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A New News Source in Kabul

Media: Afghanistan's first international paper begins publishing, with articles in Dari, Pashto, English and French.

January 25, 2002|From Reuters

KABUL, Afghanistan — This country's first international newspaper, Kabul Weekly, put out its inaugural edition Thursday with 10 pages of articles in the local languages Dari and Pashto as well as English and French.

Financed by the U.N. Educational, Scientific and Cultural Organization, or UNESCO, it revived an earlier Kabul Weekly that published from 1993 until 1996, when the government of the time closed it down.

"Second Coming, Year One, Issue Number 1" it said on the front page, over articles in English about this week's Tokyo donors' conference, rising opium output, the training of female teachers and the theater in Kabul.

Articles in local languages focused on how Kabul residents view the foreign security forces pouring into the capital and rising crime in the city.

The 10-page weekly actually has two front pages. One, in English, opens from the right. Turn the paper over, and there is another one in Dari, opening from the left, because Afghan languages are written from right to left.

"We want to show the way toward democracy, human rights and women's rights," said Editor Fahim Dashty, who was on the staff of the original Kabul Weekly.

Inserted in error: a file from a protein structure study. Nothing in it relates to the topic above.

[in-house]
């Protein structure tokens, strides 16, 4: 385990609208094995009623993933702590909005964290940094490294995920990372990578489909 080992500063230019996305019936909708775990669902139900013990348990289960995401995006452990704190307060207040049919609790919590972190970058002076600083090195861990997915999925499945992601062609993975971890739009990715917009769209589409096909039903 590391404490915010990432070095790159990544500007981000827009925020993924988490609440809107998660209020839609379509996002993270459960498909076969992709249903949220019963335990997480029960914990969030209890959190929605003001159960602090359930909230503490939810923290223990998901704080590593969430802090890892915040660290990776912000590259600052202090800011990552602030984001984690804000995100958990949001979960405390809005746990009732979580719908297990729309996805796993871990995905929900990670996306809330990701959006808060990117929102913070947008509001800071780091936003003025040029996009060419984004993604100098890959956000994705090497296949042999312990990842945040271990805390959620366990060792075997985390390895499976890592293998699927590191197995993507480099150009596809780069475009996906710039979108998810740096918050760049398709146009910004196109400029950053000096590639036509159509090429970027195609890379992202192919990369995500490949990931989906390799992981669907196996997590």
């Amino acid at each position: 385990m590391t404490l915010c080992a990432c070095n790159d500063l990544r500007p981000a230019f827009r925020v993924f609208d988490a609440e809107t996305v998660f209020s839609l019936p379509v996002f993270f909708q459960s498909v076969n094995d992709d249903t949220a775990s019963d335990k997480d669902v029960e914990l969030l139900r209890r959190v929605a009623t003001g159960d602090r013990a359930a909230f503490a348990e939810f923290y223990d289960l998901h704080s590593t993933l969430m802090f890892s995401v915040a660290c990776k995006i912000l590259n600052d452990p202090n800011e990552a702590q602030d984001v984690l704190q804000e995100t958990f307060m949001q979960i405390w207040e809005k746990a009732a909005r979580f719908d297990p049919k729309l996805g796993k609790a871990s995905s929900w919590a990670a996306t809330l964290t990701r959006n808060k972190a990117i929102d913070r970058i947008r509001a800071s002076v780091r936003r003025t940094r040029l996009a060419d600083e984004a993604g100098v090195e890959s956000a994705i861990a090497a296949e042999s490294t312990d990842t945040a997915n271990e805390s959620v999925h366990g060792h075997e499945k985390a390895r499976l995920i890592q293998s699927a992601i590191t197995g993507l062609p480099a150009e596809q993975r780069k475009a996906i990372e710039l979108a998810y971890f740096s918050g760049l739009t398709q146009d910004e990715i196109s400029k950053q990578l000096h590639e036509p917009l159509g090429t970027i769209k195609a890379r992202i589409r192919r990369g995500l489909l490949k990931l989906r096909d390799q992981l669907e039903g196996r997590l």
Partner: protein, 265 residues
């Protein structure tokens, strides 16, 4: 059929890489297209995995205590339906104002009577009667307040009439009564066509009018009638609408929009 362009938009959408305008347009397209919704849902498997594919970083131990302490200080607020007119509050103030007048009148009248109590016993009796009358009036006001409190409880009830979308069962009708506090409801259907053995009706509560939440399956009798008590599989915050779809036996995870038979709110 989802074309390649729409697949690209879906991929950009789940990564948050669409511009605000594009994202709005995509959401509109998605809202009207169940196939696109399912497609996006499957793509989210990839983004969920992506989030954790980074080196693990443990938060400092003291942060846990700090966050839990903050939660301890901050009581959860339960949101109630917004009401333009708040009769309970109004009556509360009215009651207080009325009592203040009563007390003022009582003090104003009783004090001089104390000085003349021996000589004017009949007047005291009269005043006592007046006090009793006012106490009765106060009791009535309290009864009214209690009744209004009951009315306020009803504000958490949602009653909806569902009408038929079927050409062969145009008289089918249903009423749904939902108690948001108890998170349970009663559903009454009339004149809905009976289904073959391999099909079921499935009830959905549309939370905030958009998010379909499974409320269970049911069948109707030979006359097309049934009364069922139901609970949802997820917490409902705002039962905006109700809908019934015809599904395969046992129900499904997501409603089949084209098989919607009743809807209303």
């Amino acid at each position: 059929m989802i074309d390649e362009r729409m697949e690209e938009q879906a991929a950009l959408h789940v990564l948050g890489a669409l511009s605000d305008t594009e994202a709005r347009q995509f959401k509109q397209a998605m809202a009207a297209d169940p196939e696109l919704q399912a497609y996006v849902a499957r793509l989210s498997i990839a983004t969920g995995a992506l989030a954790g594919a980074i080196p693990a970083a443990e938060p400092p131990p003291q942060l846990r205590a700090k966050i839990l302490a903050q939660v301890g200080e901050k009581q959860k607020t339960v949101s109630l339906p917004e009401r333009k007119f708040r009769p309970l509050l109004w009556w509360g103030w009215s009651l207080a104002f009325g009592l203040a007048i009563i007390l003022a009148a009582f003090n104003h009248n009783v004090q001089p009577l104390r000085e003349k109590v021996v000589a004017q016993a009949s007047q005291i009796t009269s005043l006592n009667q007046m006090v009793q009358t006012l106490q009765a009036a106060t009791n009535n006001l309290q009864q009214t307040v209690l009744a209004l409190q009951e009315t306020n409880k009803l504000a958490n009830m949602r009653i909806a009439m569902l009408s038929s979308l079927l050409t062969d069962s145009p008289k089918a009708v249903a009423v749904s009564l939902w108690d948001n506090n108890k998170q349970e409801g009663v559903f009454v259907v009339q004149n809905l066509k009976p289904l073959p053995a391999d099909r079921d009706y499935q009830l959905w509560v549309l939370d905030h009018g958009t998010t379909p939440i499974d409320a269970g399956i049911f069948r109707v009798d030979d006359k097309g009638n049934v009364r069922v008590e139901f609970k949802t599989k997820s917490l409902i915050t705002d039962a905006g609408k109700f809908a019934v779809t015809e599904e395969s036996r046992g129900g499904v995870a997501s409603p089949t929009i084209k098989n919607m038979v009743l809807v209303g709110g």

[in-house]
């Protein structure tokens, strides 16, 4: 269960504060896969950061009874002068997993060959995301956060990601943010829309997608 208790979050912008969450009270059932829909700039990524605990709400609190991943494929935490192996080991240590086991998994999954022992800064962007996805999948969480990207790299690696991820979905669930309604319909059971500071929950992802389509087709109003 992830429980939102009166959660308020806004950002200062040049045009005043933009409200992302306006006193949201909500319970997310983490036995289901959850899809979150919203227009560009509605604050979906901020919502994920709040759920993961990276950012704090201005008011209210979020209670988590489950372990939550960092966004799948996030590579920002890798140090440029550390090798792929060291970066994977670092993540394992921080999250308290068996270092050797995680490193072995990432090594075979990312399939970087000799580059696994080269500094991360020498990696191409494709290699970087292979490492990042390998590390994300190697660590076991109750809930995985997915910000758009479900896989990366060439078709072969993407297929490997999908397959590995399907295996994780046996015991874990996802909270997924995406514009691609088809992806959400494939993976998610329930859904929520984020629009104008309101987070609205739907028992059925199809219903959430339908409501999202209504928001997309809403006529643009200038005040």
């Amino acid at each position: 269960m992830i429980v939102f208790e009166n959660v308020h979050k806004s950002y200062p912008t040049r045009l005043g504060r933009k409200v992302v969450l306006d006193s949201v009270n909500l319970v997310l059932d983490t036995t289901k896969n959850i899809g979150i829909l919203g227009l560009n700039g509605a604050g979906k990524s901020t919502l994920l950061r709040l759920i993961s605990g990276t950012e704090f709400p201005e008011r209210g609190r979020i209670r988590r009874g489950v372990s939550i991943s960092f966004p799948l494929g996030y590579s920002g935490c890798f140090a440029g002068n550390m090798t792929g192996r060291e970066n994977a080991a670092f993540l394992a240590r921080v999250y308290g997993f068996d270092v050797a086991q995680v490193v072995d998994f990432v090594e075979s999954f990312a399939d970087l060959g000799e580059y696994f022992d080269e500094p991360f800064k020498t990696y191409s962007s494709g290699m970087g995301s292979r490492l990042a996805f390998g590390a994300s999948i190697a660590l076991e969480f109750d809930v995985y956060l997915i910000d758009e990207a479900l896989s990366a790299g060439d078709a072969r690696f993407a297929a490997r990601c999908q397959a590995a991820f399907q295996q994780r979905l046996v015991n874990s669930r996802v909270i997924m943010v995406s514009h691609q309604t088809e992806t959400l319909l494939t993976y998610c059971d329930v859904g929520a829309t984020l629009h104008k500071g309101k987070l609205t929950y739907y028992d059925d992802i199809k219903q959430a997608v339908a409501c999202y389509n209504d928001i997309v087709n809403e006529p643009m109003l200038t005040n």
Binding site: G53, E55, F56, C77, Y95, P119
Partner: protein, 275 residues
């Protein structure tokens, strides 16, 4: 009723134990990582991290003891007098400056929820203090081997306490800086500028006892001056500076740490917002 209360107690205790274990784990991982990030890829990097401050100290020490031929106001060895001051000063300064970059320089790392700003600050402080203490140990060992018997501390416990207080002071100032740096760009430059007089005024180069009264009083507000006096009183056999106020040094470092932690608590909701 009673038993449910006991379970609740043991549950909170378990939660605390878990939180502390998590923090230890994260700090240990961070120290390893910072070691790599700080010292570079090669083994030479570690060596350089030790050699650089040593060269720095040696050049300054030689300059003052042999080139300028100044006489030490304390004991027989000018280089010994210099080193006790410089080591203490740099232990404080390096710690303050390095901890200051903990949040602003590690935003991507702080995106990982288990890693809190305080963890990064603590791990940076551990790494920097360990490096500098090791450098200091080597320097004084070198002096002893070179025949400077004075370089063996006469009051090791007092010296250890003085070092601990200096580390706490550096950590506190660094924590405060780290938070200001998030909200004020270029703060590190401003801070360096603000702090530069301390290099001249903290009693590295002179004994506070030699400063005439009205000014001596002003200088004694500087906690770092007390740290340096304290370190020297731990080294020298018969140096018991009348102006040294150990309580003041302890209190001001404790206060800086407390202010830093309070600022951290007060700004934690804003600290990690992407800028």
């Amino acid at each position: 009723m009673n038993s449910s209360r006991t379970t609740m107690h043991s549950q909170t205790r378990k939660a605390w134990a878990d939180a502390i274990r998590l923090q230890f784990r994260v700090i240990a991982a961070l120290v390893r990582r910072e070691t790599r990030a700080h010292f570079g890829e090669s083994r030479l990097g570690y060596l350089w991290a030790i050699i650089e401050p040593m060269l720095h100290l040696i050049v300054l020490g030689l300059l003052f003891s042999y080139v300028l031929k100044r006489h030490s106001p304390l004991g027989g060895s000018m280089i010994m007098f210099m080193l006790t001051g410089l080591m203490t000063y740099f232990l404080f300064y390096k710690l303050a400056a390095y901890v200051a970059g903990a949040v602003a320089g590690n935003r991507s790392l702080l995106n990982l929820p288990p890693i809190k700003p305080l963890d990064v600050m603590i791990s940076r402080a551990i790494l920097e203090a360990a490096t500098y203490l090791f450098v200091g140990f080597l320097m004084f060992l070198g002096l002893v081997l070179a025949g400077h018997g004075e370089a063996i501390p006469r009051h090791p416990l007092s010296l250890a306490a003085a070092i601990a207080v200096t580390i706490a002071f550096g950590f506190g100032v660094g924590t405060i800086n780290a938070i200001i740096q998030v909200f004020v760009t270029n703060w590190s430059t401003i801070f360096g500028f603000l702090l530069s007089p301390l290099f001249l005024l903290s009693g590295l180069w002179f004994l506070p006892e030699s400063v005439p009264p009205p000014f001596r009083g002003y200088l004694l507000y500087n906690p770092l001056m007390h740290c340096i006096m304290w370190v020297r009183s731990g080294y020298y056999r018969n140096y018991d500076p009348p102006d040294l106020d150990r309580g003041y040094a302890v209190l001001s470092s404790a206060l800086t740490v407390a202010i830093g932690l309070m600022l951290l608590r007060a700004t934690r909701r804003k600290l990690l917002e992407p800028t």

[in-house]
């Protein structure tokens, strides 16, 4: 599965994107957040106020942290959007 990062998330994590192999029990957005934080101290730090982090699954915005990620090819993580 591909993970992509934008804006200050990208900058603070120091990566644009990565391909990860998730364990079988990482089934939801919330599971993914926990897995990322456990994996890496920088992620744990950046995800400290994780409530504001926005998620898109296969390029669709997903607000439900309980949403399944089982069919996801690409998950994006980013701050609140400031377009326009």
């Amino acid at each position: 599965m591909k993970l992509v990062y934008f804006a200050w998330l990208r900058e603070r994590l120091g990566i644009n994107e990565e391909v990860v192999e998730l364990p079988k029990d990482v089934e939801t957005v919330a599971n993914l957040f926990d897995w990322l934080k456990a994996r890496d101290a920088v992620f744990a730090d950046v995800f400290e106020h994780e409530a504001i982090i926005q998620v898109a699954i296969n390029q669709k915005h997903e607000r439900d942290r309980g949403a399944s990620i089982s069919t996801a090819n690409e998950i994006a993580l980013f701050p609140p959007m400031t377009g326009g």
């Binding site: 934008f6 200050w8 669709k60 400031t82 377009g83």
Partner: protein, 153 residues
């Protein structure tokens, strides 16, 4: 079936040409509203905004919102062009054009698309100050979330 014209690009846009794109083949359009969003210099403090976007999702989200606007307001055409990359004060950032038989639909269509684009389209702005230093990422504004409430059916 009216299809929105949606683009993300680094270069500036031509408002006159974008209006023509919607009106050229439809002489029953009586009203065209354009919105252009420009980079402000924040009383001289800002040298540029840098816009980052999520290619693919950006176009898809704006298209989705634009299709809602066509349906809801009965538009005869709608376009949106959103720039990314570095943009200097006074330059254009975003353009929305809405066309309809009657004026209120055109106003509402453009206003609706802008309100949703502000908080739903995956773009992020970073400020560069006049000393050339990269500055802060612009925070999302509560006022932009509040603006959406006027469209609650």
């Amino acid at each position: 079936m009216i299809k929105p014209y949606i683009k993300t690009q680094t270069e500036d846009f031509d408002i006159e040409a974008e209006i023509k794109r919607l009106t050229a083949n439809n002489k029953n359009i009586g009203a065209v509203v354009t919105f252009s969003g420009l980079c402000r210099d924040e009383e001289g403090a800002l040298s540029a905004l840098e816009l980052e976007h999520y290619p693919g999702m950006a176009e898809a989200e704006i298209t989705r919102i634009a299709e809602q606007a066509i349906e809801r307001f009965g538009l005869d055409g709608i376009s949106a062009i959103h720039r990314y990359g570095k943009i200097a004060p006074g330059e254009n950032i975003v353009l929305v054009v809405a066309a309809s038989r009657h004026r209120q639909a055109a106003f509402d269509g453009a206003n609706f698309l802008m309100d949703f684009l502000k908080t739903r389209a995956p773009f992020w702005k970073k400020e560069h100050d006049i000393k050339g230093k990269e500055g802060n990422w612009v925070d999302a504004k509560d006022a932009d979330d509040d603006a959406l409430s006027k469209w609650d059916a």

UNESCO has put up five months of initial funding for the weekly while the Paris-based press watchdog group Reporters Without Borders has sent computers, printers and other equipment for the six journalists producing the weekly. According to Dashty, 2,500 copies were printed and the first edition was being given away for free.

Dashty was an associate of famed anti-Taliban commander Ahmed Shah Masoud, who was assassinated by two suicide bombers Sept. 9. Dashty was wounded in the blast.

"This is meant to encourage independent media in Afghanistan," said Eric Davin, head of the French nongovernmental organization AINA, which helped the Kabul Weekly staff get its project off the ground.

Kabul Weekly used to appear only in Dari and Pashto. But now that the Taliban regime has been ousted, the editors expect an influx of foreigners, Dashty said. So they added three pages in English and French to the new edition.

AINA has also set up a media center to help to train Afghan journalists in print, video and photographic journalism.

The table outside the media center offering free copies of Kabul Weekly was a rare sight in the capital, where only two other publications are printed regularly.

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